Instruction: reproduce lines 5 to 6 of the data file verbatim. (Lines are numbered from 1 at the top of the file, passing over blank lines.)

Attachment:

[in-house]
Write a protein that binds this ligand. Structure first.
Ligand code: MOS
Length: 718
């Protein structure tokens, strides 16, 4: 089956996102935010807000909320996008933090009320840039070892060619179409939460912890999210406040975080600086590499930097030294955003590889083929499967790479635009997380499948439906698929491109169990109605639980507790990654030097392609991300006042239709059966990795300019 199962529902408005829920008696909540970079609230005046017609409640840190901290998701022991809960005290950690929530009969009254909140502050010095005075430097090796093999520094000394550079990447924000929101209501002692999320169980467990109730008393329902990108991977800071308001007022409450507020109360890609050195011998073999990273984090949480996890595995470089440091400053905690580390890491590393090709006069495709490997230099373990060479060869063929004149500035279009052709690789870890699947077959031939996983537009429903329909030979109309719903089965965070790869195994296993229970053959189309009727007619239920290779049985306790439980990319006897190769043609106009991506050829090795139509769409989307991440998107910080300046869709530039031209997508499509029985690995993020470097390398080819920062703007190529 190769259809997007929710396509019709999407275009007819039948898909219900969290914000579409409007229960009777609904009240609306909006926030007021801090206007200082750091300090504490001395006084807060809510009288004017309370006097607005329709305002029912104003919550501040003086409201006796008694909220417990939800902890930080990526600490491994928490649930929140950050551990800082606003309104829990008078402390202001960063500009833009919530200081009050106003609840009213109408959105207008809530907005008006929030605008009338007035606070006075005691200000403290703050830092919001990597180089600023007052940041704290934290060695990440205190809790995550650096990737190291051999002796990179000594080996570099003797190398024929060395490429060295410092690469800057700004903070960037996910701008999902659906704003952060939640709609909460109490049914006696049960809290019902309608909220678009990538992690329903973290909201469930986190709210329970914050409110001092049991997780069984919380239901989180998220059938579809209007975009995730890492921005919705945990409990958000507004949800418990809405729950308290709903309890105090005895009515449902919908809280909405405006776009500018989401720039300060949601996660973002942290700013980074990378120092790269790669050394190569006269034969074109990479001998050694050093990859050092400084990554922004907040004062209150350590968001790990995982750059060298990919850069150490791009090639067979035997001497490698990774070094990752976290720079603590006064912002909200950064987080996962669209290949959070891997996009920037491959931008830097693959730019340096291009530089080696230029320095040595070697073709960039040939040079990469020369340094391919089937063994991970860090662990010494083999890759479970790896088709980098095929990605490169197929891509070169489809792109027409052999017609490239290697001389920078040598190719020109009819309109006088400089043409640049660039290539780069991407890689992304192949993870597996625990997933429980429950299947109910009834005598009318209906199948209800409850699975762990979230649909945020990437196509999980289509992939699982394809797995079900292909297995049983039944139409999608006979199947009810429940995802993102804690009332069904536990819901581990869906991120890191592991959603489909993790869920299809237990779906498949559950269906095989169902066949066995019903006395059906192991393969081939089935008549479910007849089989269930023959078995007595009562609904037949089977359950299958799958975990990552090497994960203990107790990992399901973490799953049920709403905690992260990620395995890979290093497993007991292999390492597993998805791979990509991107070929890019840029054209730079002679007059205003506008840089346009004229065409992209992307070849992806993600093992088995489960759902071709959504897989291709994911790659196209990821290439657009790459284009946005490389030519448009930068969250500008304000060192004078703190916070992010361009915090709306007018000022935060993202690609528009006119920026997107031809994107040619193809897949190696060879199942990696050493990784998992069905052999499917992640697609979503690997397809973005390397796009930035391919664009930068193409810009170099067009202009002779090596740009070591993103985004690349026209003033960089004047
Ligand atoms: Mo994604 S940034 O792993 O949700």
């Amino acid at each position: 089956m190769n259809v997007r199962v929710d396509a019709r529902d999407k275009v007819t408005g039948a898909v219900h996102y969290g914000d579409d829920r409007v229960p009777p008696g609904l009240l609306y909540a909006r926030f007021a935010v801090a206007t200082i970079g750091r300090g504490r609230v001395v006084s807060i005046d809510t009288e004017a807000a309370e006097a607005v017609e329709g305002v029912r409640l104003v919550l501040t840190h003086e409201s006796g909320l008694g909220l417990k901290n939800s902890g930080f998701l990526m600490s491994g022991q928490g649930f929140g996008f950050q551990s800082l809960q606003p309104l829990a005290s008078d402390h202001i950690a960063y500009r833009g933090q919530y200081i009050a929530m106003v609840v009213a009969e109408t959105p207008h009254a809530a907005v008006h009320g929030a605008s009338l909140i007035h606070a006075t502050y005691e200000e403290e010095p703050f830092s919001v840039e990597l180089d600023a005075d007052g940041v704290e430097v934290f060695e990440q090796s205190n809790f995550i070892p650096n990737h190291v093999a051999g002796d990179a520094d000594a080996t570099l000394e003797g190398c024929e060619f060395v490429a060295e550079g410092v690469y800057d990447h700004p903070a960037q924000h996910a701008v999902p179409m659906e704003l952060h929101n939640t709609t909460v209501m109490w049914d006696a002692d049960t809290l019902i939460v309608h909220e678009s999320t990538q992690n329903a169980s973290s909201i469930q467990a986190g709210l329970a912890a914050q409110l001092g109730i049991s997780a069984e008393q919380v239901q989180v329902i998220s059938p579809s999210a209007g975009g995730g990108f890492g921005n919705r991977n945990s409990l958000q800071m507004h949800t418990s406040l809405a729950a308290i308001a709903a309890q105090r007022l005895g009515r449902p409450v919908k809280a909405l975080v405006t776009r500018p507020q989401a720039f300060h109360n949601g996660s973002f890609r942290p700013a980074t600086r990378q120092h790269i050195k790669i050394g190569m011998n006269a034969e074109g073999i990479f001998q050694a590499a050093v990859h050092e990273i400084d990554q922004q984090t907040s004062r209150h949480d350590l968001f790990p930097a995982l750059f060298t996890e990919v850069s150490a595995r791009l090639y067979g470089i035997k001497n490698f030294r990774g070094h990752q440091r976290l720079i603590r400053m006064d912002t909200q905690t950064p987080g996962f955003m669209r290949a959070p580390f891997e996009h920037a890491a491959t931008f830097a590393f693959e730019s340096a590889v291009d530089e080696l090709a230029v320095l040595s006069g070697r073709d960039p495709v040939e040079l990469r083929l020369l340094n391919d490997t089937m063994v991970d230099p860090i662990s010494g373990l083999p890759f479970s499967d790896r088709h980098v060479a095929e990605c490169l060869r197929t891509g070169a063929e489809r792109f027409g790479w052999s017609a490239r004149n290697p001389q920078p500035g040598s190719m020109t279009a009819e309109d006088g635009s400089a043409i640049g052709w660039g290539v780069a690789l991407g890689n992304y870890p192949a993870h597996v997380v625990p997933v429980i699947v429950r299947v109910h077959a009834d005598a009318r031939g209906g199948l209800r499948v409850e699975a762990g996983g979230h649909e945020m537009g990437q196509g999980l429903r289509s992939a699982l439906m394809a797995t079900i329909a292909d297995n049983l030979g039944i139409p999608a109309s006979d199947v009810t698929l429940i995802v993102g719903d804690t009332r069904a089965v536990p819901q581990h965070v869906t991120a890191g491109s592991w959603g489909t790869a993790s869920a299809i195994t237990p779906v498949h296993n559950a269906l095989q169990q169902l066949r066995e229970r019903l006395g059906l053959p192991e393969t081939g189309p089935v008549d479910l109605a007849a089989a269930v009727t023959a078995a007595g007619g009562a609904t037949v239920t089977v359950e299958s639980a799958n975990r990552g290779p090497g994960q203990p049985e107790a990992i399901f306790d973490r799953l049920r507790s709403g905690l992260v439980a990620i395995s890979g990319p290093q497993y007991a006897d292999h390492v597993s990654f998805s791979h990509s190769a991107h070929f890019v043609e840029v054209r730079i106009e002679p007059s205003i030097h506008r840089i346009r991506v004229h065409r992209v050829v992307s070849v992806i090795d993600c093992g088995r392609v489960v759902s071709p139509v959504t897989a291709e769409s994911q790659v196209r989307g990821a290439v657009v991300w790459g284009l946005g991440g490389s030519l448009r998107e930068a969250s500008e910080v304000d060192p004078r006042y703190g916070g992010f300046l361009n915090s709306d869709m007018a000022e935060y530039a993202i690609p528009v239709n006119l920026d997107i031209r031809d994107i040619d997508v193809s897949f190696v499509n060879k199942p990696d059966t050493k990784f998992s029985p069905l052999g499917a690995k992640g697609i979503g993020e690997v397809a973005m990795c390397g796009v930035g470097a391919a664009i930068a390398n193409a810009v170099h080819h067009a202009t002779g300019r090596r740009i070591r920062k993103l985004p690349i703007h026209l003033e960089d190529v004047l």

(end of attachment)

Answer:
């Protein structure tokens, strides 16, 4: 089956996102935010807000909320996008933090009320840039070892060619179409939460912890999210406040975080600086590499930097030294955003590889083929499967790479635009997380499948439906698929491109169990109605639980507790990654030097392609991300006042239709059966990795300019 199962529902408005829920008696909540970079609230005046017609409640840190901290998701022991809960005290950690929530009969009254909140502050010095005075430097090796093999520094000394550079990447924000929101209501002692999320169980467990109730008393329902990108991977800071308001007022409450507020109360890609050195011998073999990273984090949480996890595995470089440091400053905690580390890491590393090709006069495709490997230099373990060479060869063929004149500035279009052709690789870890699947077959031939996983537009429903329909030979109309719903089965965070790869195994296993229970053959189309009727007619239920290779049985306790439980990319006897190769043609106009991506050829090795139509769409989307991440998107910080300046869709530039031209997508499509029985690995993020470097390398080819920062703007190529 190769259809997007929710396509019709999407275009007819039948898909219900969290914000579409409007229960009777609904009240609306909006926030007021801090206007200082750091300090504490001395006084807060809510009288004017309370006097607005329709305002029912104003919550501040003086409201006796008694909220417990939800902890930080990526600490491994928490649930929140950050551990800082606003309104829990008078402390202001960063500009833009919530200081009050106003609840009213109408959105207008809530907005008006929030605008009338007035606070006075005691200000403290703050830092919001990597180089600023007052940041704290934290060695990440205190809790995550650096990737190291051999002796990179000594080996570099003797190398024929060395490429060295410092690469800057700004903070960037996910701008999902659906704003952060939640709609909460109490049914006696049960809290019902309608909220678009990538992690329903973290909201469930986190709210329970914050409110001092049991997780069984919380239901989180998220059938579809209007975009995730890492921005919705945990409990958000507004949800418990809405729950308290709903309890105090005895009515449902919908809280909405405006776009500018989401720039300060949601996660973002942290700013980074990378120092790269790669050394190569006269034969074109990479001998050694050093990859050092400084990554922004907040004062209150350590968001790990995982750059060298990919850069150490791009090639067979035997001497490698990774070094990752976290720079603590006064912002909200950064987080996962669209290949959070891997996009920037491959931008830097693959730019340096291009530089080696230029320095040595070697073709960039040939040079990469020369340094391919089937063994991970860090662990010494083999890759479970790896088709980098095929990605490169197929891509070169489809792109027409052999017609490239290697001389920078040598190719020109009819309109006088400089043409640049660039290539780069991407890689992304192949993870597996625990997933429980429950299947109910009834005598009318209906199948209800409850699975762990979230649909945020990437196509999980289509992939699982394809797995079900292909297995049983039944139409999608006979199947009810429940995802993102804690009332069904536990819901581990869906991120890191592991959603489909993790869920299809237990779906498949559950269906095989169902066949066995019903006395059906192991393969081939089935008549479910007849089989269930023959078995007595009562609904037949089977359950299958799958975990990552090497994960203990107790990992399901973490799953049920709403905690992260990620395995890979290093497993007991292999390492597993998805791979990509991107070929890019840029054209730079002679007059205003506008840089346009004229065409992209992307070849992806993600093992088995489960759902071709959504897989291709994911790659196209990821290439657009790459284009946005490389030519448009930068969250500008304000060192004078703190916070992010361009915090709306007018000022935060993202690609528009006119920026997107031809994107040619193809897949190696060879199942990696050493990784998992069905052999499917992640697609979503690997397809973005390397796009930035391919664009930068193409810009170099067009202009002779090596740009070591993103985004690349026209003033960089004047
Ligand atoms: Mo994604 S940034 O792993 O949700």